Adelson’s money and his presence at events like the program’s mega-event has, justified or not, created a connection between his hard-line, right-wing Israel agenda and — even more disturbing for young American Jews — his tremendous financial and political support of President Donald Trump, which has tainted the organization for many.
Birthright Israel has done its best to stay above the political fray ever since its founding in 1999. Like most major institutions, though, in these divisive times it is losing the struggle to remain detached from deep political differences. Over the past months, it has been targeted directly by young activist Jews, angry over what they believe is the program’s refusal to deliver a balanced message to its participants regarding the Israeli-Palestinian conflict.
The activities have ranged from protests against the Birthright gala in New York, to leafleting Birthright participants boarding their flights to Israel, to the high-profile walkout of five female participants toward the end their trip to Israel last Thursday, opting instead to join a Breaking the Silence tour in Hebron.
This last event kicked off what the activist group IfNotNow predicts will be a long, hot summer against the program.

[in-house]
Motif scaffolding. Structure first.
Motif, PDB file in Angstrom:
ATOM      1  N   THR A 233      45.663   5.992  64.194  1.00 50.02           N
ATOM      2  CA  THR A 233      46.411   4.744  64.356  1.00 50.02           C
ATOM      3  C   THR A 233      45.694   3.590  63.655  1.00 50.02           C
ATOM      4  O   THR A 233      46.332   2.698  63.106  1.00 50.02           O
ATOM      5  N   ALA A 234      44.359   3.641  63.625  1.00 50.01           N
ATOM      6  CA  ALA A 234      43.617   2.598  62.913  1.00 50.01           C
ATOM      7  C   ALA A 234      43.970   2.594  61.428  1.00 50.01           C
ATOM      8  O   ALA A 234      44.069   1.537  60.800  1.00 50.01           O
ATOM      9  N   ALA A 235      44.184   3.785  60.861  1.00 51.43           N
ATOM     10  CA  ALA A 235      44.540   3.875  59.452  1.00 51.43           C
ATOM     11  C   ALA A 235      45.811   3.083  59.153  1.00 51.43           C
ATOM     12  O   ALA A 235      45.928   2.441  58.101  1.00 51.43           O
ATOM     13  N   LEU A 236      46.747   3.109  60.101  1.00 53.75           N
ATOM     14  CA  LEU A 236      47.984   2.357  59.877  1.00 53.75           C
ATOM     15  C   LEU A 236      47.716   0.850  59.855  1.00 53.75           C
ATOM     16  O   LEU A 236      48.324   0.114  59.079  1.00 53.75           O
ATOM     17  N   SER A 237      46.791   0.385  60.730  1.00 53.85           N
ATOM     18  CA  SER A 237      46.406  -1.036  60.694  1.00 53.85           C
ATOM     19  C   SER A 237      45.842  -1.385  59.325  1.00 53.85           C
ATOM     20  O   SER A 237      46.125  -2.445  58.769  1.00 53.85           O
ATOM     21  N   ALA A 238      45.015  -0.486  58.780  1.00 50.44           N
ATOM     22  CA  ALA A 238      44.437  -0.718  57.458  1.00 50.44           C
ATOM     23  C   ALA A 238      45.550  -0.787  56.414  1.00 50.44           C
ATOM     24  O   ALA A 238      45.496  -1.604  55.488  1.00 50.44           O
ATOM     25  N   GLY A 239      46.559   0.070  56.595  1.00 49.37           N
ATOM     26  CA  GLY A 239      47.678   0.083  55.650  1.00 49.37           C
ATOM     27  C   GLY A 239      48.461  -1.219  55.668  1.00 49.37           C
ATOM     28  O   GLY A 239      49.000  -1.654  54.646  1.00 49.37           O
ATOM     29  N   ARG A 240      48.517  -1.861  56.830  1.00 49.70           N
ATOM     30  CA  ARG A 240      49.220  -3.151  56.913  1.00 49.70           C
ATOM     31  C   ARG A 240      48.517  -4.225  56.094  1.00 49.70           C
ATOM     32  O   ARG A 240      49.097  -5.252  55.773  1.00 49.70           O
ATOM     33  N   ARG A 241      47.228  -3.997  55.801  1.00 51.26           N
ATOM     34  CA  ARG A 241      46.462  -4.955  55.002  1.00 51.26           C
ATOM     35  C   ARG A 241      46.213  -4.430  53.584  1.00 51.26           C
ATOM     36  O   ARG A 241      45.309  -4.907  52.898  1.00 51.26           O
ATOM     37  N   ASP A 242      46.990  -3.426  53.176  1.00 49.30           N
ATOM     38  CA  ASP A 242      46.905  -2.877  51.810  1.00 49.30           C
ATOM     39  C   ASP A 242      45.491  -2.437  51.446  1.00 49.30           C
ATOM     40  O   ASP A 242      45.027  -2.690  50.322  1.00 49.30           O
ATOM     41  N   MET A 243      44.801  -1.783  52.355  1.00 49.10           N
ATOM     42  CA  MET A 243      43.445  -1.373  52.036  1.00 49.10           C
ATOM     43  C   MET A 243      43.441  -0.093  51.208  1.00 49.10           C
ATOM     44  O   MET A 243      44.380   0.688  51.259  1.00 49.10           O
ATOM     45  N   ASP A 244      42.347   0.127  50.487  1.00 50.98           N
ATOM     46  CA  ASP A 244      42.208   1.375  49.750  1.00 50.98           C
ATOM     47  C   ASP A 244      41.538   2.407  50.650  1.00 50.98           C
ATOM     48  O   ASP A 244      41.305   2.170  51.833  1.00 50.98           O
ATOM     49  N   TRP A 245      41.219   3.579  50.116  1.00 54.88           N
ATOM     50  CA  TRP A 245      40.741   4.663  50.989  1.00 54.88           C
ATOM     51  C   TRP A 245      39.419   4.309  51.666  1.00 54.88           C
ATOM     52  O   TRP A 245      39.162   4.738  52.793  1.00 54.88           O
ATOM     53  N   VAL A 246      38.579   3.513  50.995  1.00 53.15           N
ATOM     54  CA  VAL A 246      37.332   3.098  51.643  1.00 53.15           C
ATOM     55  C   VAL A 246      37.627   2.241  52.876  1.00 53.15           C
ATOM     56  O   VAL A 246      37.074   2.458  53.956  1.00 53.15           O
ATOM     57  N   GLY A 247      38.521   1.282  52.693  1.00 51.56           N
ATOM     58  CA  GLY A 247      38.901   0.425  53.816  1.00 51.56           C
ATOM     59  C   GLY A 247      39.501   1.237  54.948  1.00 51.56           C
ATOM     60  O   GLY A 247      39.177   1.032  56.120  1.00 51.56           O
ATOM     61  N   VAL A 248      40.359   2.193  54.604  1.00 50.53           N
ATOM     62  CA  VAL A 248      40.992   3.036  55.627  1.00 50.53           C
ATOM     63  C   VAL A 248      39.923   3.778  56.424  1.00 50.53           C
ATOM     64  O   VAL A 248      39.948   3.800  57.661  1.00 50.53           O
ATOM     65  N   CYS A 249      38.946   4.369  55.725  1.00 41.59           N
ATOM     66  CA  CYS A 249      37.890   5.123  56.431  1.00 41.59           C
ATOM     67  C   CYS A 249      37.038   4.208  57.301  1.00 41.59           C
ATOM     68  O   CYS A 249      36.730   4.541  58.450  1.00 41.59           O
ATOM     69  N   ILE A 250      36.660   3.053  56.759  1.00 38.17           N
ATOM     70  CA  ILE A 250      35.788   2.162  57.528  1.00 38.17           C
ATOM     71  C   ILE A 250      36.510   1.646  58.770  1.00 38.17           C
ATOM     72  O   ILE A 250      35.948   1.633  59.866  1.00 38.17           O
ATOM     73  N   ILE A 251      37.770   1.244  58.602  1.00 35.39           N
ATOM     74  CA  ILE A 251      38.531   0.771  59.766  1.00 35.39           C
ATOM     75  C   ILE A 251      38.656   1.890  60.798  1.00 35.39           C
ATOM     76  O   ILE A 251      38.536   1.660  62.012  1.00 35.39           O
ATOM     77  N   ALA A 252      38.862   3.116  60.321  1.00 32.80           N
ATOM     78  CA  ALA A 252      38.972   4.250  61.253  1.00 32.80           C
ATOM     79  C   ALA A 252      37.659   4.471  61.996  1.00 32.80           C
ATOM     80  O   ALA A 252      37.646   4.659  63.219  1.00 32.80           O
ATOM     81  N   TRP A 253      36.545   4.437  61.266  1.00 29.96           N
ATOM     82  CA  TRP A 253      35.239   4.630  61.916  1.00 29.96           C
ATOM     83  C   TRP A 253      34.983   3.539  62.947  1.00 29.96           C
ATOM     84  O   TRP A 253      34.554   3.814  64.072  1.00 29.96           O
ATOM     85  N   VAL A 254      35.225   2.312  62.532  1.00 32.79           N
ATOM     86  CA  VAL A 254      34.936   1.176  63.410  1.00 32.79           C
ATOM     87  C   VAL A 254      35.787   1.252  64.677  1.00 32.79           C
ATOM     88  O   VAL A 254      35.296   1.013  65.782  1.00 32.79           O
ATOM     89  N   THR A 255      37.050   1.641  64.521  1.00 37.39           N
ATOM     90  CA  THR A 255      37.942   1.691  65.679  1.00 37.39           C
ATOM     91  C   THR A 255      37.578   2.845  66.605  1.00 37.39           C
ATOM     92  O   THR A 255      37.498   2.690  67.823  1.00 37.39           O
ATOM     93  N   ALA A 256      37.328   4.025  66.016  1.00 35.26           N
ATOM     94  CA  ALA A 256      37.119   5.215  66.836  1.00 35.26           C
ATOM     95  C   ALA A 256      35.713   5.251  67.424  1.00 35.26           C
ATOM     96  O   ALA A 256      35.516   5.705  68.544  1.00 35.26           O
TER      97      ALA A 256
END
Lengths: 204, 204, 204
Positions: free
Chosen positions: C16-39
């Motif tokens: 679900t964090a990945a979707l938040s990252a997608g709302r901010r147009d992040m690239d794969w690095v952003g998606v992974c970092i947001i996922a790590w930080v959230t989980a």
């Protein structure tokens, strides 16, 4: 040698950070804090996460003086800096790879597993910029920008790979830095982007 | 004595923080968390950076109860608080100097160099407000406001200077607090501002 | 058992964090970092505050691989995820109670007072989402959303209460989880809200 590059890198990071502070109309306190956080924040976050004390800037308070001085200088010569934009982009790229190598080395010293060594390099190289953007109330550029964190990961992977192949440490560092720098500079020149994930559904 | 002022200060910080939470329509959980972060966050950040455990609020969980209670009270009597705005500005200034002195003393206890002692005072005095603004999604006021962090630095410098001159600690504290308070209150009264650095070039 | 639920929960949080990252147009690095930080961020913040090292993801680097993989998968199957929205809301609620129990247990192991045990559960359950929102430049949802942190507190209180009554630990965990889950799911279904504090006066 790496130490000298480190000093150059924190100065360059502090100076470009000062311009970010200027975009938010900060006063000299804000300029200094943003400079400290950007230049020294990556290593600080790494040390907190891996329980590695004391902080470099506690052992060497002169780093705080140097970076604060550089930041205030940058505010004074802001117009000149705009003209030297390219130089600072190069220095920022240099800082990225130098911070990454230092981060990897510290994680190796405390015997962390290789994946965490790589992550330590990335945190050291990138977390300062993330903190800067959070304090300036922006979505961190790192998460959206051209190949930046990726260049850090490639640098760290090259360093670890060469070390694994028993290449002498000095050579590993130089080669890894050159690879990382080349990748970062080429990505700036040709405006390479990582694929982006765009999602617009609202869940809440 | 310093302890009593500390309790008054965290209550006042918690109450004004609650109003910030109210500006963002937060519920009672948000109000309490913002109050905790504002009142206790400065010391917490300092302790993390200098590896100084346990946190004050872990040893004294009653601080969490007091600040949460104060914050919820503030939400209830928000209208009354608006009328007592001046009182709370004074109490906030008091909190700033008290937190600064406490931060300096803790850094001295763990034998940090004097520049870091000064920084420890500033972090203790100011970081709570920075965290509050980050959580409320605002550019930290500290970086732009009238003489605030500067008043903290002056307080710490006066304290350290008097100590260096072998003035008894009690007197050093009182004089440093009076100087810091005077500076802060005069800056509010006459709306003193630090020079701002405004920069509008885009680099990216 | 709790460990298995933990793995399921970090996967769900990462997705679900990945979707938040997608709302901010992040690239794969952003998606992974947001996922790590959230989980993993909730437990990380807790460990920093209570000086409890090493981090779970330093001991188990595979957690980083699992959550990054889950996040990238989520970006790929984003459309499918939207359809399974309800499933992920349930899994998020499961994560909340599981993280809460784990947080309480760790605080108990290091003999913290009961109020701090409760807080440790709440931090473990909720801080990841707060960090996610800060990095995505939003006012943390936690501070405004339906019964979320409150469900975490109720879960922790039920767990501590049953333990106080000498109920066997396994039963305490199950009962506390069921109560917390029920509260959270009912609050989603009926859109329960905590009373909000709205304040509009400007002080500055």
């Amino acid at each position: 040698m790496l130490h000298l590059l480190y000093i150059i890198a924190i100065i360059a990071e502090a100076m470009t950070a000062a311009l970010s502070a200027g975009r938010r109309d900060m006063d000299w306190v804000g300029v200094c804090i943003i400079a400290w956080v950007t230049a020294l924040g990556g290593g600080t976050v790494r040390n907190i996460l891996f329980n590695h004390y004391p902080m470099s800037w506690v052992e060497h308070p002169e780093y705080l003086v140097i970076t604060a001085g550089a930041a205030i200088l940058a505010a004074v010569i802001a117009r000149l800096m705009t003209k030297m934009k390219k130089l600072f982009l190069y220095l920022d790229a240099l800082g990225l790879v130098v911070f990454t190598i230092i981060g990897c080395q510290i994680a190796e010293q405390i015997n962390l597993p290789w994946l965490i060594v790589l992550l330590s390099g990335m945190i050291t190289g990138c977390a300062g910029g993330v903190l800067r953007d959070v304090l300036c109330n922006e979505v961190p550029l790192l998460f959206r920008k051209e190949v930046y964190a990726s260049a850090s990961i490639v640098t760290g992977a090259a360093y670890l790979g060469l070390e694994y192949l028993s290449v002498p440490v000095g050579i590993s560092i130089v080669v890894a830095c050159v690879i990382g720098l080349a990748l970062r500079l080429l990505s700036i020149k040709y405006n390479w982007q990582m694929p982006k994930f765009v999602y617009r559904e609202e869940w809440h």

“The decision of the US administration to recognize Jerusalem as the capital of Israel and to choose the anniversary of the Nakba of the Palestinian people for carrying out this step expresses a flagrant violation of the law.”
— Saeb Erekat, secretary general of the Palestine Liberation Organization
Sheldon G. Adelson, one of the most hawkish supporters of Israel among American Jews, has offered to help fund the construction of a new American Embassy in Jerusalem, according to the State Department, which on Friday said it was reviewing whether it could legally accept the donation.
The total price tag to build the new embassy to replace the current one in Tel Aviv is estimated at around $500 million, according to one former State Department official. While private donors have previously paid for renovations to American ambassadors’ overseas residences, Mr. Adelson’s contribution would be likely to far surpass those gifts — and could further strain American diplomacy in the Middle East.
Before the embassy is built, the Trump administration plans to open a temporary one in Jerusalem. On Friday, it said that it was accelerating the projected opening in time to mark the 70th anniversary of the creation of the State of Israel on May 14.